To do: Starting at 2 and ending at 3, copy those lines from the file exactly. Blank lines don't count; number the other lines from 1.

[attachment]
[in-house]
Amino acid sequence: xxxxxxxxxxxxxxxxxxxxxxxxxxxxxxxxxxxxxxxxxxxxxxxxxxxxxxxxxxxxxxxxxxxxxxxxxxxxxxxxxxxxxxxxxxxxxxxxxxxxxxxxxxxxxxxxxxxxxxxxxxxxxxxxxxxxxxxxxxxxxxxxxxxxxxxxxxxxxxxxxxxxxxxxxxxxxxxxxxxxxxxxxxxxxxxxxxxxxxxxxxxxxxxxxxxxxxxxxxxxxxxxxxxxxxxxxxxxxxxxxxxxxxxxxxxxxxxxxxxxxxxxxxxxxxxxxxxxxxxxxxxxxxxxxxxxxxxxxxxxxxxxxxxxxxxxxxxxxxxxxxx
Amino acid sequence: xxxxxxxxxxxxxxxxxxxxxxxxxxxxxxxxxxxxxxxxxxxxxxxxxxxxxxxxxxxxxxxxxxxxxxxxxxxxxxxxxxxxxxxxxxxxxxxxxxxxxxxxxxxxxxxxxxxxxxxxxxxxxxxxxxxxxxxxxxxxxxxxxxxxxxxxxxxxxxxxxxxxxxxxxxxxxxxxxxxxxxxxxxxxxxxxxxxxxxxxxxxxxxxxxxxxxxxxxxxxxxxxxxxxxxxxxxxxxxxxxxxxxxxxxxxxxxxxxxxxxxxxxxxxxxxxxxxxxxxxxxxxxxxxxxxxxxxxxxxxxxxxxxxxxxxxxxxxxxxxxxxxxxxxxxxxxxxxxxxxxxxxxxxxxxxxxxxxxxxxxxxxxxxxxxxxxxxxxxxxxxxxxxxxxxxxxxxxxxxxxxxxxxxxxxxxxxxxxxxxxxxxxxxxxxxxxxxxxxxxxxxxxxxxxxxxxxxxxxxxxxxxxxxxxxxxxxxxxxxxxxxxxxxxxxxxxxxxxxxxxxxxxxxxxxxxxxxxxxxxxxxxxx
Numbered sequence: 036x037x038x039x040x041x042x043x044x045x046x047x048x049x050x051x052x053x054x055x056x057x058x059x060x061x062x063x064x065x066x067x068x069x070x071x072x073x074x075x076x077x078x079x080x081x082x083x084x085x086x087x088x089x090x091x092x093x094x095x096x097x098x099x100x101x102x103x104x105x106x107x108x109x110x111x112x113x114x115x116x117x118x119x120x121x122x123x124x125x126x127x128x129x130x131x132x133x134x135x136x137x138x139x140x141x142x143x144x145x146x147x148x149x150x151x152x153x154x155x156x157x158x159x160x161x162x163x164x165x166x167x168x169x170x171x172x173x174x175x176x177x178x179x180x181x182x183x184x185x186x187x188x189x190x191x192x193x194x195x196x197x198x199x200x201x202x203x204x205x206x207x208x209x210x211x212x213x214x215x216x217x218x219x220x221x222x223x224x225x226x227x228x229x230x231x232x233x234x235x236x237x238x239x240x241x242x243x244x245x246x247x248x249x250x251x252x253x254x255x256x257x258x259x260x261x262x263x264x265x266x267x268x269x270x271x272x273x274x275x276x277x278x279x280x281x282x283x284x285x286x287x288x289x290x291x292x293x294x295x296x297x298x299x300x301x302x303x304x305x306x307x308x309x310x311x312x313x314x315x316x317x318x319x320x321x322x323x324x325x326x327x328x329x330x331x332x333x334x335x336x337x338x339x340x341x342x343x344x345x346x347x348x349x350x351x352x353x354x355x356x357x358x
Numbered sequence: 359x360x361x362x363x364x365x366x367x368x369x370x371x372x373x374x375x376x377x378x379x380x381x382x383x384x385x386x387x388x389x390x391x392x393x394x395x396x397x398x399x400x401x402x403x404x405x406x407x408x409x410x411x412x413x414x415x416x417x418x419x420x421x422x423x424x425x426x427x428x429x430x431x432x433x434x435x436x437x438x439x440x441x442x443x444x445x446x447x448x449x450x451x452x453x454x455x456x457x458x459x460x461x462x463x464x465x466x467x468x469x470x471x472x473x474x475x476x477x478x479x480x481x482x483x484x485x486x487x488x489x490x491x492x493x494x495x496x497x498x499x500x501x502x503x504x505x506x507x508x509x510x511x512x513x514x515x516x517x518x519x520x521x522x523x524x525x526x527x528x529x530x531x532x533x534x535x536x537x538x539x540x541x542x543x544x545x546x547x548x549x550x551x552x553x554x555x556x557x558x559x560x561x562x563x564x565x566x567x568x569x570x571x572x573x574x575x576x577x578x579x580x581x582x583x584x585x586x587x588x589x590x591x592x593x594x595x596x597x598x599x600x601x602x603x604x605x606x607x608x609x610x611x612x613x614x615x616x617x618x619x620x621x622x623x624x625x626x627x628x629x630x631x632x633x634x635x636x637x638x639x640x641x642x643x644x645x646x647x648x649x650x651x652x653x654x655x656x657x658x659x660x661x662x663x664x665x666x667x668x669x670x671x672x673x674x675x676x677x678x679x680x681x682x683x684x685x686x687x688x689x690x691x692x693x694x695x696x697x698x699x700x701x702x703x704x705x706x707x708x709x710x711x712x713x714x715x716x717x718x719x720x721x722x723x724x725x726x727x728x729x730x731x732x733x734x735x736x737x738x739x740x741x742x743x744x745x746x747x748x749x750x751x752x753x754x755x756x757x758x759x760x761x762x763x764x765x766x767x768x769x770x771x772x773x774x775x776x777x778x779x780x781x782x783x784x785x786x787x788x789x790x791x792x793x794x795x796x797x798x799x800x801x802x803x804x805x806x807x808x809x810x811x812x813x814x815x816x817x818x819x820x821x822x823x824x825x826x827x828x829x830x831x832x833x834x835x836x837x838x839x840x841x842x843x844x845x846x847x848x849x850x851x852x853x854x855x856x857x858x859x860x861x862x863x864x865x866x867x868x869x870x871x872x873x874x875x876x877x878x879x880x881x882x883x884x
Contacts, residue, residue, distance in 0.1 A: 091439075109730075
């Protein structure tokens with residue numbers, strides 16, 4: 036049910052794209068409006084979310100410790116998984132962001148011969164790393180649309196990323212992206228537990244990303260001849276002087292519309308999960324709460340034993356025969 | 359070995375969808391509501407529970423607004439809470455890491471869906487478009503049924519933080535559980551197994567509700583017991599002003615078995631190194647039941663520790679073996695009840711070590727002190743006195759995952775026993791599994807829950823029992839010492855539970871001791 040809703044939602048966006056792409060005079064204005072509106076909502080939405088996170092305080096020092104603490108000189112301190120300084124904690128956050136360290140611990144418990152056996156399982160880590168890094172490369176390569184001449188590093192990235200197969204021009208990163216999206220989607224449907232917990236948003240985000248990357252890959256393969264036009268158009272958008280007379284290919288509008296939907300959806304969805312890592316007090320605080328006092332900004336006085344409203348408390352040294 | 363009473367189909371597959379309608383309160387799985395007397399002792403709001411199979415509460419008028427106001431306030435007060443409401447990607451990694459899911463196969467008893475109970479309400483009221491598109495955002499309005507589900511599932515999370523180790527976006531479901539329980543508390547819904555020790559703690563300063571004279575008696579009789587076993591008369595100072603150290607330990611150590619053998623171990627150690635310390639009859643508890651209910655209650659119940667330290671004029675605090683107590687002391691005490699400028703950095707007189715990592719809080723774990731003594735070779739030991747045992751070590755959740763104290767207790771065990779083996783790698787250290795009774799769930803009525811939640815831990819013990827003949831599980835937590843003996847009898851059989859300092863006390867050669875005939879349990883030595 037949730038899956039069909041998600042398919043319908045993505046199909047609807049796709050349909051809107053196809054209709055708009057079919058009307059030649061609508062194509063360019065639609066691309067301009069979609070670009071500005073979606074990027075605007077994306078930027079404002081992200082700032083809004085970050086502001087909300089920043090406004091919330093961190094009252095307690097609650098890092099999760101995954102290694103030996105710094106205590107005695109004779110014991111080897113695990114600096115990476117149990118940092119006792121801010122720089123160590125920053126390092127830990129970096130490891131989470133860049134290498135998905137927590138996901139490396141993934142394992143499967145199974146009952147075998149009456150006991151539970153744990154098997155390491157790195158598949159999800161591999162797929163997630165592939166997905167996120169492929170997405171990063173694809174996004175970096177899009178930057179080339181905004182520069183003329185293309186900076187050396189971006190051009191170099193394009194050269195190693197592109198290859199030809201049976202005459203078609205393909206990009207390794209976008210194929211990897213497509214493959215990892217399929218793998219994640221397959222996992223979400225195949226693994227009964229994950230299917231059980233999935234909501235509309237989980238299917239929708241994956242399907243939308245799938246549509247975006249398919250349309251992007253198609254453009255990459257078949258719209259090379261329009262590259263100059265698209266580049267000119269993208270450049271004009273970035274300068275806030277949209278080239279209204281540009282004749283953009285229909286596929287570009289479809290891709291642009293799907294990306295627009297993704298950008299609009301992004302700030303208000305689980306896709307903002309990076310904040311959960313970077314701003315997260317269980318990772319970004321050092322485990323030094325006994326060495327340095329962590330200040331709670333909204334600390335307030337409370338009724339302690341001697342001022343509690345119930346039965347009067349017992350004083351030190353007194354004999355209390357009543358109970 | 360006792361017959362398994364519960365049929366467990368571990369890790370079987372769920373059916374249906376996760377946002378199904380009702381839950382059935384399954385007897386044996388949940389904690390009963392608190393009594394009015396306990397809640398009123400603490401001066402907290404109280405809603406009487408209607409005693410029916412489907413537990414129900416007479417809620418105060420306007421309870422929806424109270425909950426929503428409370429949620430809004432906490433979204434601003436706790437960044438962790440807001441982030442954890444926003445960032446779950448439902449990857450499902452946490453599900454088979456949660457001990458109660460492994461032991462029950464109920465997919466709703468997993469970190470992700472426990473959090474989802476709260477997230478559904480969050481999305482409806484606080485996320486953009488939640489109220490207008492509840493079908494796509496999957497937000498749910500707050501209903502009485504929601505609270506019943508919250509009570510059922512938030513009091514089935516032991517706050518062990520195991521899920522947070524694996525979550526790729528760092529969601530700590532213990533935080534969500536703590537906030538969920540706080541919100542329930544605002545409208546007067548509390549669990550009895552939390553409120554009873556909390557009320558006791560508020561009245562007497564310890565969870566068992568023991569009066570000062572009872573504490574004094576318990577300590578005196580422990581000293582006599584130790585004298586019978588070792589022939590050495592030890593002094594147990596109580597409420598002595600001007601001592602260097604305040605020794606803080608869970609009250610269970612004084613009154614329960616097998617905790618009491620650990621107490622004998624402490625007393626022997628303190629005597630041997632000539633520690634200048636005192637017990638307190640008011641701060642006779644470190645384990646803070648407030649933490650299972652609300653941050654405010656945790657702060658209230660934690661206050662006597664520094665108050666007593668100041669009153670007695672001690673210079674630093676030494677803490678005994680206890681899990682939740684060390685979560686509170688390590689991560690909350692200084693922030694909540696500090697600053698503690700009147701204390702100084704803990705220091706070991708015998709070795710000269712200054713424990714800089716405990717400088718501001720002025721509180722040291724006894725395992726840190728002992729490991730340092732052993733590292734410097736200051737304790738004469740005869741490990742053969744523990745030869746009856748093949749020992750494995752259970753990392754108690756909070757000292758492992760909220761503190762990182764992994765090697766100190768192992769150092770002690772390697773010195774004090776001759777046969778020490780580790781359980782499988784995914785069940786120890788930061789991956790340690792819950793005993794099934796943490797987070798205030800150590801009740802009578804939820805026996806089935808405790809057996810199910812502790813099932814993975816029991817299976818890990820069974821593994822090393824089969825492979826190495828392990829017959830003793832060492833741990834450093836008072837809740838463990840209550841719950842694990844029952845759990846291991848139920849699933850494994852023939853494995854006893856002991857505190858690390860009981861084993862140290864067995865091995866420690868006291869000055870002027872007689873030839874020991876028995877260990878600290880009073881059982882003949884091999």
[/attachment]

Amino acid sequence: xxxxxxxxxxxxxxxxxxxxxxxxxxxxxxxxxxxxxxxxxxxxxxxxxxxxxxxxxxxxxxxxxxxxxxxxxxxxxxxxxxxxxxxxxxxxxxxxxxxxxxxxxxxxxxxxxxxxxxxxxxxxxxxxxxxxxxxxxxxxxxxxxxxxxxxxxxxxxxxxxxxxxxxxxxxxxxxxxxxxxxxxxxxxxxxxxxxxxxxxxxxxxxxxxxxxxxxxxxxxxxxxxxxxxxxxxxxxxxxxxxxxxxxxxxxxxxxxxxxxxxxxxxxxxxxxxxxxxxxxxxxxxxxxxxxxxxxxxxxxxxxxxxxxxxxxxxxxxxxxxxx
Amino acid sequence: xxxxxxxxxxxxxxxxxxxxxxxxxxxxxxxxxxxxxxxxxxxxxxxxxxxxxxxxxxxxxxxxxxxxxxxxxxxxxxxxxxxxxxxxxxxxxxxxxxxxxxxxxxxxxxxxxxxxxxxxxxxxxxxxxxxxxxxxxxxxxxxxxxxxxxxxxxxxxxxxxxxxxxxxxxxxxxxxxxxxxxxxxxxxxxxxxxxxxxxxxxxxxxxxxxxxxxxxxxxxxxxxxxxxxxxxxxxxxxxxxxxxxxxxxxxxxxxxxxxxxxxxxxxxxxxxxxxxxxxxxxxxxxxxxxxxxxxxxxxxxxxxxxxxxxxxxxxxxxxxxxxxxxxxxxxxxxxxxxxxxxxxxxxxxxxxxxxxxxxxxxxxxxxxxxxxxxxxxxxxxxxxxxxxxxxxxxxxxxxxxxxxxxxxxxxxxxxxxxxxxxxxxxxxxxxxxxxxxxxxxxxxxxxxxxxxxxxxxxxxxxxxxxxxxxxxxxxxxxxxxxxxxxxxxxxxxxxxxxxxxxxxxxxxxxxxxxxxxxxxxxxxxx